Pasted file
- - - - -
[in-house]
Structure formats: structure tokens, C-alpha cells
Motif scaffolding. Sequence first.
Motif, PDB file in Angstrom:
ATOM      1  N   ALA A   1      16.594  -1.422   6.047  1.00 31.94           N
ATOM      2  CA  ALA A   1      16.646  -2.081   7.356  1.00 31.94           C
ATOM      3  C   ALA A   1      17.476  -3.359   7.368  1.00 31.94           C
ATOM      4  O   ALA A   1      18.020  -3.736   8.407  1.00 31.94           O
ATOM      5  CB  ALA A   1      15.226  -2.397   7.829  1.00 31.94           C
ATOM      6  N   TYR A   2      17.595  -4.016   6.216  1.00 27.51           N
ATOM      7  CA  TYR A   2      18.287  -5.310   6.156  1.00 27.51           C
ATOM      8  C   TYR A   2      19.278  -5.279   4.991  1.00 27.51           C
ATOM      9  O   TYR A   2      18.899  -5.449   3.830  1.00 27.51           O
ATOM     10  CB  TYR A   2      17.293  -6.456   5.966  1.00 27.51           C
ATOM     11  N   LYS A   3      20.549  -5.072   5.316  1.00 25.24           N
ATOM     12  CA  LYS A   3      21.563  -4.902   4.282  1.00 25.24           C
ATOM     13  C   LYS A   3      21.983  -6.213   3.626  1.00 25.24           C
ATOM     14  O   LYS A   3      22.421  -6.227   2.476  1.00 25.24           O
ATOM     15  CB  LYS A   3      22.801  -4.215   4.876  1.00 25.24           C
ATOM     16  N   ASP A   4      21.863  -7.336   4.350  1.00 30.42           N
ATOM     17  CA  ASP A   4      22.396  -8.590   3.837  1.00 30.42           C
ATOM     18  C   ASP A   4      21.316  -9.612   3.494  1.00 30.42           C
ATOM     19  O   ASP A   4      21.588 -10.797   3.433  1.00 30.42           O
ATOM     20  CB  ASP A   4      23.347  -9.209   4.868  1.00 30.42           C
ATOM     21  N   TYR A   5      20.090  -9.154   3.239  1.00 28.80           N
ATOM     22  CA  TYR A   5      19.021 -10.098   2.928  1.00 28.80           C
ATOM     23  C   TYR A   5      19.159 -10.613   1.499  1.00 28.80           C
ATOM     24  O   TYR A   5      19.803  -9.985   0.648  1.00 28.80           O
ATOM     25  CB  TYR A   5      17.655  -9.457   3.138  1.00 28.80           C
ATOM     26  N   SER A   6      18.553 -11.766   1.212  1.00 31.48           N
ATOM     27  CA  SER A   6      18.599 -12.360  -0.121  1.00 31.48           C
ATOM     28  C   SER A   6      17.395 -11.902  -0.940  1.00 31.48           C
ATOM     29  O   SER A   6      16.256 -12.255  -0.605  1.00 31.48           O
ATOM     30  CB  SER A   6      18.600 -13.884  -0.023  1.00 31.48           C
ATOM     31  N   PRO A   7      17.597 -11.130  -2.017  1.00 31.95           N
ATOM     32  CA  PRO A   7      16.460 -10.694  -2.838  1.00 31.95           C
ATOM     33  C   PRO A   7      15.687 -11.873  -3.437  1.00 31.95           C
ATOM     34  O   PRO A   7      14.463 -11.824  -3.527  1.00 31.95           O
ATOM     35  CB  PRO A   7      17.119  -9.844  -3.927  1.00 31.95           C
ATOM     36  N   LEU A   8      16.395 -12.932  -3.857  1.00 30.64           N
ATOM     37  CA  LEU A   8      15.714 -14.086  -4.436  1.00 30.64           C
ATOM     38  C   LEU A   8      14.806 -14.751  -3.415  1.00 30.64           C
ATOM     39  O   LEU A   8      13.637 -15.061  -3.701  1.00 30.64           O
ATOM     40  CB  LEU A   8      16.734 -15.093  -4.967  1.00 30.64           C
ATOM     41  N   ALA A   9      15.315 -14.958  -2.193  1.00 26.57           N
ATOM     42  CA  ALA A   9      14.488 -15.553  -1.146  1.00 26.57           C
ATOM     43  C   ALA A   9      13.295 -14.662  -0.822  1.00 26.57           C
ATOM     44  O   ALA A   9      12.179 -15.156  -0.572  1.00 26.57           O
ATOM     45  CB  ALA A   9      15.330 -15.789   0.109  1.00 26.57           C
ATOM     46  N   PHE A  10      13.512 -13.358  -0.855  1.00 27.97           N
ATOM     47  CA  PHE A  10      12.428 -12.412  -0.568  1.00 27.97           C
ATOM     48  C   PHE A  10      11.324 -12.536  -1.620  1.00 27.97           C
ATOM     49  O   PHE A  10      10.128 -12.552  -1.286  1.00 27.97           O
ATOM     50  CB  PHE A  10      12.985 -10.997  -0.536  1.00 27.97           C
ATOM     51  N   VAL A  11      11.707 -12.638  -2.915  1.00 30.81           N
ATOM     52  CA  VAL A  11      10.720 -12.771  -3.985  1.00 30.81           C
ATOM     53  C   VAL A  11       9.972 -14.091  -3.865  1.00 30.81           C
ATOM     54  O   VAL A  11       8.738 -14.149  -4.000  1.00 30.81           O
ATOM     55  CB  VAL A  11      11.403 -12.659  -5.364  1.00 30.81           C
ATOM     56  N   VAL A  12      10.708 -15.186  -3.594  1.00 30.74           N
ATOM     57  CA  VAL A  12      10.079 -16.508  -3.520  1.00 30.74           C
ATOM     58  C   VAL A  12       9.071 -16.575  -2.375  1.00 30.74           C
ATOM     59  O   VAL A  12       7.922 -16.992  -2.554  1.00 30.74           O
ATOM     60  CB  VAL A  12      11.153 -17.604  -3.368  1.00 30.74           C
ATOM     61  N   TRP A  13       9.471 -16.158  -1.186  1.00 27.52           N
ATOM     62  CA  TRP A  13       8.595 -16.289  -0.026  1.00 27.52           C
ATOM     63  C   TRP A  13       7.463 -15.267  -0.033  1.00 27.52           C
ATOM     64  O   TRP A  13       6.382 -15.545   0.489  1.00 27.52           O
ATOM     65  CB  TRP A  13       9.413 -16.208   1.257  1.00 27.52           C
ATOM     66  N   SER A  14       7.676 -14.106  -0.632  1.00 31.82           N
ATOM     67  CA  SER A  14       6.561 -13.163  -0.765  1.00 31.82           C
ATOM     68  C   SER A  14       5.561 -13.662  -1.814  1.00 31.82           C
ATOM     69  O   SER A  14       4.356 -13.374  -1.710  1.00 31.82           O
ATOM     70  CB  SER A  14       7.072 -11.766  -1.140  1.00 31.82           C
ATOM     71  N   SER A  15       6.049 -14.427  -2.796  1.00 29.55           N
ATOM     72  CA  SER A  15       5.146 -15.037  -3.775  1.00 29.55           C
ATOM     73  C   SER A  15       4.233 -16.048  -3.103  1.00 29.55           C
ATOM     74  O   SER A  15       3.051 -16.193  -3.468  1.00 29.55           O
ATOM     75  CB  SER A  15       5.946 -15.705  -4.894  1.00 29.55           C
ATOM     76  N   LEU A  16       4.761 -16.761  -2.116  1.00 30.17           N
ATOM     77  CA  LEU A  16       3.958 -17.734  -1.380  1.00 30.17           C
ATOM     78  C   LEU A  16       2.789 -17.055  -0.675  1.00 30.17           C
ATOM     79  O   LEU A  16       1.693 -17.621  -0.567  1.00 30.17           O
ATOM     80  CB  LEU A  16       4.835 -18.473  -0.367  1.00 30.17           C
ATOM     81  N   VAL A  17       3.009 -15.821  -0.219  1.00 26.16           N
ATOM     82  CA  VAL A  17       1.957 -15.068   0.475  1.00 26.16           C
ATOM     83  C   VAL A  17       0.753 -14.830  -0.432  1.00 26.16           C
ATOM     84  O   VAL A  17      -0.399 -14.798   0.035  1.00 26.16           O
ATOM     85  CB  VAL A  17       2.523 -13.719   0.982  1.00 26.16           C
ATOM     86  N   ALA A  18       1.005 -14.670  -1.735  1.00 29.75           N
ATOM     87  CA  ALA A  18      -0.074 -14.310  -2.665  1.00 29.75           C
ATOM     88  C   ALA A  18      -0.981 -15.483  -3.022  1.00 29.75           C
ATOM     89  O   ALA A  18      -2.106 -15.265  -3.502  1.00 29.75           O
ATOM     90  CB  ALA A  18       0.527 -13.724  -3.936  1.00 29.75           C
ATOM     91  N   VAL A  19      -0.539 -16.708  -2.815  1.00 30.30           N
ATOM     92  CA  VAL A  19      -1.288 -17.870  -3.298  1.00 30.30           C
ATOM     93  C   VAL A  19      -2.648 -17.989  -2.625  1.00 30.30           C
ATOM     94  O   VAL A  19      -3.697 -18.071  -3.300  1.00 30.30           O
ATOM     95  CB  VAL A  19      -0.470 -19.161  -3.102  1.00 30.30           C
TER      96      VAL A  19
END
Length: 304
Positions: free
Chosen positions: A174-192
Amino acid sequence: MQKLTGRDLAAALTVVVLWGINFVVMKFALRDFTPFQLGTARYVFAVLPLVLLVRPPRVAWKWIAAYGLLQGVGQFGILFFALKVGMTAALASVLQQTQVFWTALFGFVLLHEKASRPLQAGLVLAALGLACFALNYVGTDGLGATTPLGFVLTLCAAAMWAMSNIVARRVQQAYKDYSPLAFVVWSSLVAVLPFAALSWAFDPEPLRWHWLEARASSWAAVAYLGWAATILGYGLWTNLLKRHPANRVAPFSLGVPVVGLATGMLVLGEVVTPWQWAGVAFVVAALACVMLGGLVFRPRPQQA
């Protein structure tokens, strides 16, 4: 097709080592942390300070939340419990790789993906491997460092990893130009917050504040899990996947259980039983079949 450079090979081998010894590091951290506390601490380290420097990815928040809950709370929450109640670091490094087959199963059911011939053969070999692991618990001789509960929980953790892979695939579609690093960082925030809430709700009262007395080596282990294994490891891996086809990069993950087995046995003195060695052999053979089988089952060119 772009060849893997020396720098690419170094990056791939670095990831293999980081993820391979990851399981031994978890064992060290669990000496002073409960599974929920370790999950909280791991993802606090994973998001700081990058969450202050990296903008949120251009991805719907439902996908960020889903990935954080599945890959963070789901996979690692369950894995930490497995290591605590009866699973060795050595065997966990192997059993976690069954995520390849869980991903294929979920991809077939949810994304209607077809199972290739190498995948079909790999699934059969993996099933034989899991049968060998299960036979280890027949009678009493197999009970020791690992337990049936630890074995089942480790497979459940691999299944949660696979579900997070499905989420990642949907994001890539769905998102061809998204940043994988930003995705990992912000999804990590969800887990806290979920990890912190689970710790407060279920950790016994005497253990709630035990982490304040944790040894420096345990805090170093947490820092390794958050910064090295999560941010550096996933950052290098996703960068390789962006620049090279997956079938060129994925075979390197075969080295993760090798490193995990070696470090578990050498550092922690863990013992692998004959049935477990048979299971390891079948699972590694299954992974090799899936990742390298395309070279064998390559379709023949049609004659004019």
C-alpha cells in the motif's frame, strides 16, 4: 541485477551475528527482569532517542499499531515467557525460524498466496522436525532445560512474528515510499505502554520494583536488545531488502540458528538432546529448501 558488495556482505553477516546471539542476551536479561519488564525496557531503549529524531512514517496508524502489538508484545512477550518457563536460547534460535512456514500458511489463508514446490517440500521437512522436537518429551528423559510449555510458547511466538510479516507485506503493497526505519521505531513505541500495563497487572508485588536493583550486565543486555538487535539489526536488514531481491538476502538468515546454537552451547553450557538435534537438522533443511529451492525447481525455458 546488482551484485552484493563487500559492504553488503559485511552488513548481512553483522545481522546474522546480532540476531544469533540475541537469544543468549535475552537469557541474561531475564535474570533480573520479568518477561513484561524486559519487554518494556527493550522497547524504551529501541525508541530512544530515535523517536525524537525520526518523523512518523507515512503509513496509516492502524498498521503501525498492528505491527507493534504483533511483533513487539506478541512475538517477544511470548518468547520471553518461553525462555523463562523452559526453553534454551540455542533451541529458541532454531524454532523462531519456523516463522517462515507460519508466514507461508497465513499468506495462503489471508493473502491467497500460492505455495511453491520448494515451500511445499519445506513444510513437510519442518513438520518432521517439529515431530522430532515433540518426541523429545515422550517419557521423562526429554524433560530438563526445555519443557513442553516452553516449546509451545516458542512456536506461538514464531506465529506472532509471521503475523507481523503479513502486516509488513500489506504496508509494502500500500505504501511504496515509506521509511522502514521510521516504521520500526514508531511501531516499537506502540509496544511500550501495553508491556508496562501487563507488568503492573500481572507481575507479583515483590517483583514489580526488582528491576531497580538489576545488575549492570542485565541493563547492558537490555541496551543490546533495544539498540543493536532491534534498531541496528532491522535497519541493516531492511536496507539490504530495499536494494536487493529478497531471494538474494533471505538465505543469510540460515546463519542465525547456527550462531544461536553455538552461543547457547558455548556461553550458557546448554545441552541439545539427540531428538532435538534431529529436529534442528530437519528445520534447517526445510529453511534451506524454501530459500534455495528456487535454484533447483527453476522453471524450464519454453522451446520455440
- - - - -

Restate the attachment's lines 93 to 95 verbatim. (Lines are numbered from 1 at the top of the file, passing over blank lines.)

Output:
ATOM     89  O   ALA A  18      -2.106 -15.265  -3.502  1.00 29.75           O
ATOM     90  CB  ALA A  18       0.527 -13.724  -3.936  1.00 29.75           C
ATOM     91  N   VAL A  19      -0.539 -16.708  -2.815  1.00 30.30           N